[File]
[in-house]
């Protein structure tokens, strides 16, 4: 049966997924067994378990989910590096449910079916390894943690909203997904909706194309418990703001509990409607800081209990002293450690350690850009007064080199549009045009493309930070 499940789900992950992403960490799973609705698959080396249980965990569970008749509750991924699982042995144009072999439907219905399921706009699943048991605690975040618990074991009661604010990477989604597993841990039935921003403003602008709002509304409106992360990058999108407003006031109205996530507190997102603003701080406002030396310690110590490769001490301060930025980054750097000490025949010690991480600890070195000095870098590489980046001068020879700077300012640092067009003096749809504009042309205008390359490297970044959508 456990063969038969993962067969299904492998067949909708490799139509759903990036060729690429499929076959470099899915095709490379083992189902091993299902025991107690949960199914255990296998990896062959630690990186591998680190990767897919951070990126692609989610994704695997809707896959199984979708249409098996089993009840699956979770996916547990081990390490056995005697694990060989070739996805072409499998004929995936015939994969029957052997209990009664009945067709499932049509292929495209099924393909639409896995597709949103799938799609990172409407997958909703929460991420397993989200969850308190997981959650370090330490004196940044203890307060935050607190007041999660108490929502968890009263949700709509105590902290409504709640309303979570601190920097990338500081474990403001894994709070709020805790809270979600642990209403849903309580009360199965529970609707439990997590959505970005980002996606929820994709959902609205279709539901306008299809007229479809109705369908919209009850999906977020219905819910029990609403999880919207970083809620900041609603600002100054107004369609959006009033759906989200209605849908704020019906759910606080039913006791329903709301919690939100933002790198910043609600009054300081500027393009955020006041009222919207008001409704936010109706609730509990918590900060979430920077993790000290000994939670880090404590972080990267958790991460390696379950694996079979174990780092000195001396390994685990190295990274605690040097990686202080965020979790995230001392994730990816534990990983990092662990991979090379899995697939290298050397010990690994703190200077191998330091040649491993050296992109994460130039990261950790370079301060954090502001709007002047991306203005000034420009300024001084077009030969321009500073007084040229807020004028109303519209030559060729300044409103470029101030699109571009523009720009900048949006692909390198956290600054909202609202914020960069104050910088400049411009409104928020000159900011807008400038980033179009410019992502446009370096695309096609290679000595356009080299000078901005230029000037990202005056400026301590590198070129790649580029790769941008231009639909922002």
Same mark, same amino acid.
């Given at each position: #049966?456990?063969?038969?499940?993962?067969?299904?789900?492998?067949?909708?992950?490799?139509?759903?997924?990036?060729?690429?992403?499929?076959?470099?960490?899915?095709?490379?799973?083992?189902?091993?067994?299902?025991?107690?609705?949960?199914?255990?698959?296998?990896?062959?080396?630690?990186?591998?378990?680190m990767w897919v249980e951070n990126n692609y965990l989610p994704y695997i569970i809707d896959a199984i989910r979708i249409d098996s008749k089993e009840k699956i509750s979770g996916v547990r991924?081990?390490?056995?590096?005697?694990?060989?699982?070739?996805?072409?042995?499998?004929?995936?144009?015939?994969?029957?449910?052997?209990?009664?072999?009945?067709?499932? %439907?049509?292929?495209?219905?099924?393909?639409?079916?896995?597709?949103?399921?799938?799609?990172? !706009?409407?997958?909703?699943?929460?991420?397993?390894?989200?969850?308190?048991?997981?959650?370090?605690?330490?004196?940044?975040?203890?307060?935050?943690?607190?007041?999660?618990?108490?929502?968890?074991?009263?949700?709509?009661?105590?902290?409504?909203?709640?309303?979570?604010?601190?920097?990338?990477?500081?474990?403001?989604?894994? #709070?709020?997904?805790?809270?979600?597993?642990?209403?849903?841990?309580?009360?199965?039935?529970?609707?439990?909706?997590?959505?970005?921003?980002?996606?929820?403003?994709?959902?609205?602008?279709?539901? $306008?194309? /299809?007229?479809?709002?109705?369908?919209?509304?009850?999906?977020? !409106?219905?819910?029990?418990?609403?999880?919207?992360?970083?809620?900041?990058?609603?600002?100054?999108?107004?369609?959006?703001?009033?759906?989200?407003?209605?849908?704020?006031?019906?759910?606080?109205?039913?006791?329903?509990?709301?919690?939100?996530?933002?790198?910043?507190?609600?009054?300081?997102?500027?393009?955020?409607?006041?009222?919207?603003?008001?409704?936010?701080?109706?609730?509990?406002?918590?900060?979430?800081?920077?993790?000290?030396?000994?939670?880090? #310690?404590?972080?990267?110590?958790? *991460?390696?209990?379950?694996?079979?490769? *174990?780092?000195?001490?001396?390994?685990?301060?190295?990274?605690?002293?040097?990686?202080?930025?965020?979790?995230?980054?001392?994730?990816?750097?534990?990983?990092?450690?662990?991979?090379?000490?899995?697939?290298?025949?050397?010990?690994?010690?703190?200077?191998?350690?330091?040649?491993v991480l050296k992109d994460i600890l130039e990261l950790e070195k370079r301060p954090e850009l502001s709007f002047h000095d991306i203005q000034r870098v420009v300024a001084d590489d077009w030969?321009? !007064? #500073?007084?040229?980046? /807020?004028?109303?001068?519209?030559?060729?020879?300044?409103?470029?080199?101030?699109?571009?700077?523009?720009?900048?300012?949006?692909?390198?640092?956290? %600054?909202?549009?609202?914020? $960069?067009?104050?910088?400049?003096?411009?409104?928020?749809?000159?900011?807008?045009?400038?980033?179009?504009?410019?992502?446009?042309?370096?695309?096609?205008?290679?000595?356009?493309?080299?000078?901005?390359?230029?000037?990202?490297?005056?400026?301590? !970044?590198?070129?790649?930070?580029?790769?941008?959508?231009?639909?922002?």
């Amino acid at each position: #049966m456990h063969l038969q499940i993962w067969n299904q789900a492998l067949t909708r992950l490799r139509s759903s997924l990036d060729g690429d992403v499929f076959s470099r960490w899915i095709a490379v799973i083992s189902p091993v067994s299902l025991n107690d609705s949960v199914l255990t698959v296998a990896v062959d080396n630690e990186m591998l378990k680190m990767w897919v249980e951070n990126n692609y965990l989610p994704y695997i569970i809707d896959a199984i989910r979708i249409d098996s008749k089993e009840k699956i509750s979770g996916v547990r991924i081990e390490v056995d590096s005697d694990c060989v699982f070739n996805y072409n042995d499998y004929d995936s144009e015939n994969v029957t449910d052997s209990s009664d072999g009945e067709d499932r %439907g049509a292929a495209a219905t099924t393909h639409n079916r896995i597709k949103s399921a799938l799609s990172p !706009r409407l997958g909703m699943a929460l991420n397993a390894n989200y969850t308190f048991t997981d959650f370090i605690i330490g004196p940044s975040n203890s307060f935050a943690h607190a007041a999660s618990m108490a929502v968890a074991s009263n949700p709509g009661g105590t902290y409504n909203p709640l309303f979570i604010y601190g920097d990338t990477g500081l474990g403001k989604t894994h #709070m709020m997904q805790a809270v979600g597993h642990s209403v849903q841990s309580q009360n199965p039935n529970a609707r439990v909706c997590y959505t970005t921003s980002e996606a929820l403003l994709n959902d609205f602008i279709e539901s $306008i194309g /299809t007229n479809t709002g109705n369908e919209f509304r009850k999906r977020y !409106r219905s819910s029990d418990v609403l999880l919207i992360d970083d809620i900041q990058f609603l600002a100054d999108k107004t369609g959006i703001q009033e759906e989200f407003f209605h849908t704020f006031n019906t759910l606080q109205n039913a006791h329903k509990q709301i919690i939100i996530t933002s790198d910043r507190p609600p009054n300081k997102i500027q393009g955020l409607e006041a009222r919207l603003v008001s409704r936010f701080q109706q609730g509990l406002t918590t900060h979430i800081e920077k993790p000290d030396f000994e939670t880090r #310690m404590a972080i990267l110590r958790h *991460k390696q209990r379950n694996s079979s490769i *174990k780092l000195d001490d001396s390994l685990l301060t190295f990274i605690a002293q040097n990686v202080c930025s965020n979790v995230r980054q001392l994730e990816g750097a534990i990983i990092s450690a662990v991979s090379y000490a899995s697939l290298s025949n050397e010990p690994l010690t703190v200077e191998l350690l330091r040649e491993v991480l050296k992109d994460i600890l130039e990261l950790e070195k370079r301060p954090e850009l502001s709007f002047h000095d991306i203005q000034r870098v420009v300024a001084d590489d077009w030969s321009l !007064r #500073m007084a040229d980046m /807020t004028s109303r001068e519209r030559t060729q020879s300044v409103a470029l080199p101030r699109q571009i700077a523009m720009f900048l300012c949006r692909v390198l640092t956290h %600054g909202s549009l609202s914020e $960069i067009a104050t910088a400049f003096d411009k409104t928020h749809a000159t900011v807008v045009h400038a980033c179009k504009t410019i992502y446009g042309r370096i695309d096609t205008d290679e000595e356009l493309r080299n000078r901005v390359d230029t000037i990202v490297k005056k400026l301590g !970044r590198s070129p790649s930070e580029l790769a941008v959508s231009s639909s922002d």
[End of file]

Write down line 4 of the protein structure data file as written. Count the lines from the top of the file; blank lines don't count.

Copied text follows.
């Given at each position: #049966?456990?063969?038969?499940?993962?067969?299904?789900?492998?067949?909708?992950?490799?139509?759903?997924?990036?060729?690429?992403?499929?076959?470099?960490?899915?095709?490379?799973?083992?189902?091993?067994?299902?025991?107690?609705?949960?199914?255990?698959?296998?990896?062959?080396?630690?990186?591998?378990?680190m990767w897919v249980e951070n990126n692609y965990l989610p994704y695997i569970i809707d896959a199984i989910r979708i249409d098996s008749k089993e009840k699956i509750s979770g996916v547990r991924?081990?390490?056995?590096?005697?694990?060989?699982?070739?996805?072409?042995?499998?004929?995936?144009?015939?994969?029957?449910?052997?209990?009664?072999?009945?067709?499932? %439907?049509?292929?495209?219905?099924?393909?639409?079916?896995?597709?949103?399921?799938?799609?990172? !706009?409407?997958?909703?699943?929460?991420?397993?390894?989200?969850?308190?048991?997981?959650?370090?605690?330490?004196?940044?975040?203890?307060?935050?943690?607190?007041?999660?618990?108490?929502?968890?074991?009263?949700?709509?009661?105590?902290?409504?909203?709640?309303?979570?604010?601190?920097?990338?990477?500081?474990?403001?989604?894994? #709070?709020?997904?805790?809270?979600?597993?642990?209403?849903?841990?309580?009360?199965?039935?529970?609707?439990?909706?997590?959505?970005?921003?980002?996606?929820?403003?994709?959902?609205?602008?279709?539901? $306008?194309? /299809?007229?479809?709002?109705?369908?919209?509304?009850?999906?977020? !409106?219905?819910?029990?418990?609403?999880?919207?992360?970083?809620?900041?990058?609603?600002?100054?999108?107004?369609?959006?703001?009033?759906?989200?407003?209605?849908?704020?006031?019906?759910?606080?109205?039913?006791?329903?509990?709301?919690?939100?996530?933002?790198?910043?507190?609600?009054?300081?997102?500027?393009?955020?409607?006041?009222?919207?603003?008001?409704?936010?701080?109706?609730?509990?406002?918590?900060?979430?800081?920077?993790?000290?030396?000994?939670?880090? #310690?404590?972080?990267?110590?958790? *991460?390696?209990?379950?694996?079979?490769? *174990?780092?000195?001490?001396?390994?685990?301060?190295?990274?605690?002293?040097?990686?202080?930025?965020?979790?995230?980054?001392?994730?990816?750097?534990?990983?990092?450690?662990?991979?090379?000490?899995?697939?290298?025949?050397?010990?690994?010690?703190?200077?191998?350690?330091?040649?491993v991480l050296k992109d994460i600890l130039e990261l950790e070195k370079r301060p954090e850009l502001s709007f002047h000095d991306i203005q000034r870098v420009v300024a001084d590489d077009w030969?321009? !007064? #500073?007084?040229?980046? /807020?004028?109303?001068?519209?030559?060729?020879?300044?409103?470029?080199?101030?699109?571009?700077?523009?720009?900048?300012?949006?692909?390198?640092?956290? %600054?909202?549009?609202?914020? $960069?067009?104050?910088?400049?003096?411009?409104?928020?749809?000159?900011?807008?045009?400038?980033?179009?504009?410019?992502?446009?042309?370096?695309?096609?205008?290679?000595?356009?493309?080299?000078?901005?390359?230029?000037?990202?490297?005056?400026?301590? !970044?590198?070129?790649?930070?580029?790769?941008?959508?231009?639909?922002?």